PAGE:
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    Until I was about 24 I was pretty adamantly against marriage - I'm a staunch atheist, and couldn't imagine a wedding being particularly fun in a registry office (I now know there are alternatives) and both my parents have been through several marriages.

    At 24 I got engaged, though. My partner and I had just discussed it quite a lot for a few months, and wanted to make some kind of 'next step'. We mainly liked the idea of wearing rings to signify our relationship (men can and do wear engagement rings here). I like the look of the legal protections offered as well. Less hassle than constantly thinking about wills and directives re. medical treatment/information and who's got how much of the joint money in their personal bank account and so on.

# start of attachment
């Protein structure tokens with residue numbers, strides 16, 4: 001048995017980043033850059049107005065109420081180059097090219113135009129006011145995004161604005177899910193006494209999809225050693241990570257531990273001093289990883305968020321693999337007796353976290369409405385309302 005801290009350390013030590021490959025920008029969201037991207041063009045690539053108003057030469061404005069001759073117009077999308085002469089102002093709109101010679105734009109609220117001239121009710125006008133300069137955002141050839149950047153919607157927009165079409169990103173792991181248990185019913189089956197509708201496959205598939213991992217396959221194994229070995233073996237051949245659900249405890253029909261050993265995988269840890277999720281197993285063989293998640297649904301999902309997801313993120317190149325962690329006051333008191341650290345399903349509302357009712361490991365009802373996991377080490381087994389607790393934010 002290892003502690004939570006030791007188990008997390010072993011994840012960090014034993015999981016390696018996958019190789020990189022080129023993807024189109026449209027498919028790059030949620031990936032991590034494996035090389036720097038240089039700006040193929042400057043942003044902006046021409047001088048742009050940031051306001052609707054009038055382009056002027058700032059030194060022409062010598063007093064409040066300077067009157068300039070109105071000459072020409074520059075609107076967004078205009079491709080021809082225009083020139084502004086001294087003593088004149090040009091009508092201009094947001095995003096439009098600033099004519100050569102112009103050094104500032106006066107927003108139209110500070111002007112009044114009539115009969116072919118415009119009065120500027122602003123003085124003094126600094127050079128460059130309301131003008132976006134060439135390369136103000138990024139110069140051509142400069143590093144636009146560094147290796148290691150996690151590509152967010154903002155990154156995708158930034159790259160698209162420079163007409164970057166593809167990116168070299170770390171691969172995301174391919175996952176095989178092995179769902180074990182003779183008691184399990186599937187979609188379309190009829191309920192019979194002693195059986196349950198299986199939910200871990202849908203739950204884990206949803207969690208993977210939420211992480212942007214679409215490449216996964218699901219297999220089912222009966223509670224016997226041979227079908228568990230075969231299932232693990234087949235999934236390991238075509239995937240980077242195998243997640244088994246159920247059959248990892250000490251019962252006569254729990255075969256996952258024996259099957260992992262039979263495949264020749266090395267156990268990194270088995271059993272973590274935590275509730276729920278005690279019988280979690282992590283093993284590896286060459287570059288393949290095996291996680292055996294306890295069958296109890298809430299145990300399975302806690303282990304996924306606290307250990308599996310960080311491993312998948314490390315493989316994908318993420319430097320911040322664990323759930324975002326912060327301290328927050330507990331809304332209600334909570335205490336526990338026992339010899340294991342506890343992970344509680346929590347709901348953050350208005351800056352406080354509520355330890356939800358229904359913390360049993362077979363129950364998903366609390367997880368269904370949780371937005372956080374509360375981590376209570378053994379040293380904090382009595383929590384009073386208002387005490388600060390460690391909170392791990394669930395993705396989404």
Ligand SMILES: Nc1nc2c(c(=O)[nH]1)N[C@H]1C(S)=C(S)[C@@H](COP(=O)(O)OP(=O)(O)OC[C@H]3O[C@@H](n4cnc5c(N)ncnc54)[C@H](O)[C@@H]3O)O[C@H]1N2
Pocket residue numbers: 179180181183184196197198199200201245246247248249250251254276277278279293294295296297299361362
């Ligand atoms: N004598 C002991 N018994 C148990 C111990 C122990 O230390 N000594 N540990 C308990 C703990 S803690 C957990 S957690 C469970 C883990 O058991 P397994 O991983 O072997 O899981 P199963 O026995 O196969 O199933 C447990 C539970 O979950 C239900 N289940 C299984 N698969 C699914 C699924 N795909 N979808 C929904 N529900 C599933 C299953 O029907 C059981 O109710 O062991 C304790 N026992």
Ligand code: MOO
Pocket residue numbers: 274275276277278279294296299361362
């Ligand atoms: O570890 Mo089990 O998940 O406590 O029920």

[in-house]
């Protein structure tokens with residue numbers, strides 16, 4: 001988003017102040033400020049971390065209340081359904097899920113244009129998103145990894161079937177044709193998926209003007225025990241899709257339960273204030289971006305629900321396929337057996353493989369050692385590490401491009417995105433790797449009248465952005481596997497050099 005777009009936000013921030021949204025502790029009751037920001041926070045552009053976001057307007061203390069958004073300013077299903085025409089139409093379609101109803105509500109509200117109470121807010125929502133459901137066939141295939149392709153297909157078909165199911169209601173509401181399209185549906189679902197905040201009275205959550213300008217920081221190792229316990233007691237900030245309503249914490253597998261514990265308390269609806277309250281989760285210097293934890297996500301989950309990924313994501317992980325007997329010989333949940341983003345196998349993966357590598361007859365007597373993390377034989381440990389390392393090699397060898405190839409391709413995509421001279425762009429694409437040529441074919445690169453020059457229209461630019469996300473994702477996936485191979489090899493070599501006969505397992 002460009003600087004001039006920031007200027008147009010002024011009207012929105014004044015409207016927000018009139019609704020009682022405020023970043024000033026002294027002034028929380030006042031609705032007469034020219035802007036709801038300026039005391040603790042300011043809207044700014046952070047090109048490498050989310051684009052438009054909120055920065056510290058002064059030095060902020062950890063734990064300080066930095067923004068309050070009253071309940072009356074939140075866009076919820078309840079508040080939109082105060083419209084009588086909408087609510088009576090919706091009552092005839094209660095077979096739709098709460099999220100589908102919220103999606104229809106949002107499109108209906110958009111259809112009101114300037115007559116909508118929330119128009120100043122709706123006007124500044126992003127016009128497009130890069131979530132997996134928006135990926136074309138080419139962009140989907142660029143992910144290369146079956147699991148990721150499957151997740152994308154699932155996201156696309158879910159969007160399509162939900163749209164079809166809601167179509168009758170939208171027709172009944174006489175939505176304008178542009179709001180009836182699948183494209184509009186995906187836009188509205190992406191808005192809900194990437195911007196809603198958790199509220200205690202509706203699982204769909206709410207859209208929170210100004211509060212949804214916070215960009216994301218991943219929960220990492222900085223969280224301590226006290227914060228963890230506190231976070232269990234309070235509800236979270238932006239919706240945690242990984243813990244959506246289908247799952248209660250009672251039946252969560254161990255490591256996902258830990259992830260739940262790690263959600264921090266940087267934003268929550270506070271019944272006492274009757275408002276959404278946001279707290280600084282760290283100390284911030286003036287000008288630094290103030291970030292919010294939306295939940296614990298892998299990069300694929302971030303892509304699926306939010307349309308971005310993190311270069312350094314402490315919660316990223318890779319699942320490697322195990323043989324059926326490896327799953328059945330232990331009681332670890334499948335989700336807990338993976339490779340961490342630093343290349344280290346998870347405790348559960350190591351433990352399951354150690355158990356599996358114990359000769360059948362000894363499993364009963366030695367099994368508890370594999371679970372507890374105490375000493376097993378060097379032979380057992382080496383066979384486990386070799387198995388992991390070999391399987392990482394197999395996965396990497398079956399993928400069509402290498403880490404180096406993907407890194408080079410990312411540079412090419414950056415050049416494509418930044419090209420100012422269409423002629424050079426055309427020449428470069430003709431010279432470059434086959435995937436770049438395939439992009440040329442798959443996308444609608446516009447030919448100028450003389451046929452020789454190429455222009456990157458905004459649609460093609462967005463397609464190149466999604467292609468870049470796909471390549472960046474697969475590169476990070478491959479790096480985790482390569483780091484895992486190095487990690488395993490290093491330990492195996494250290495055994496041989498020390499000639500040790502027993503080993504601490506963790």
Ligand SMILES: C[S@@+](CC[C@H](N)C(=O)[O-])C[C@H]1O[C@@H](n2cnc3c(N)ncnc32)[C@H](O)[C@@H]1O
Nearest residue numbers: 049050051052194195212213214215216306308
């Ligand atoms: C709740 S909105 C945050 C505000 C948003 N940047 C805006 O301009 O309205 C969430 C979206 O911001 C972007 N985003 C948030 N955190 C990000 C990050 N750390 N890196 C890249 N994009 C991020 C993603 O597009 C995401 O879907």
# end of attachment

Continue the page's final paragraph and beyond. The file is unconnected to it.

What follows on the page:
I don't know when we'll actually get married, we're not in any rush and haven't decided (/negotiated ) how big or small it's going to be. I'm going to be a student for the next six years so we won't have a lot of money to put into it even if we save up, unless we wait until after I've graduated and started full-time work.

    Re. the name - I think I'll be taking (part of) his name, but only because my name is my stepdad's and I have no great wish to hold on to it as part of my identity, and my partner's name is native to where we live (and thus a. sounds kind of cool and b. raises less eyebrows).
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    If it happens it happens. If it doesn't it doesn't. In don;t plan these things.

    I'm not really that fussed about it to be honest. I donlt need it in order to spend my life iwth someone (if I ever want to do that), but I would be willing to do it if the other half was bothered about it.
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    We don't know anything for definite, however we can plan for the future.

    I do plan on getting married though, it's something I really look forward to.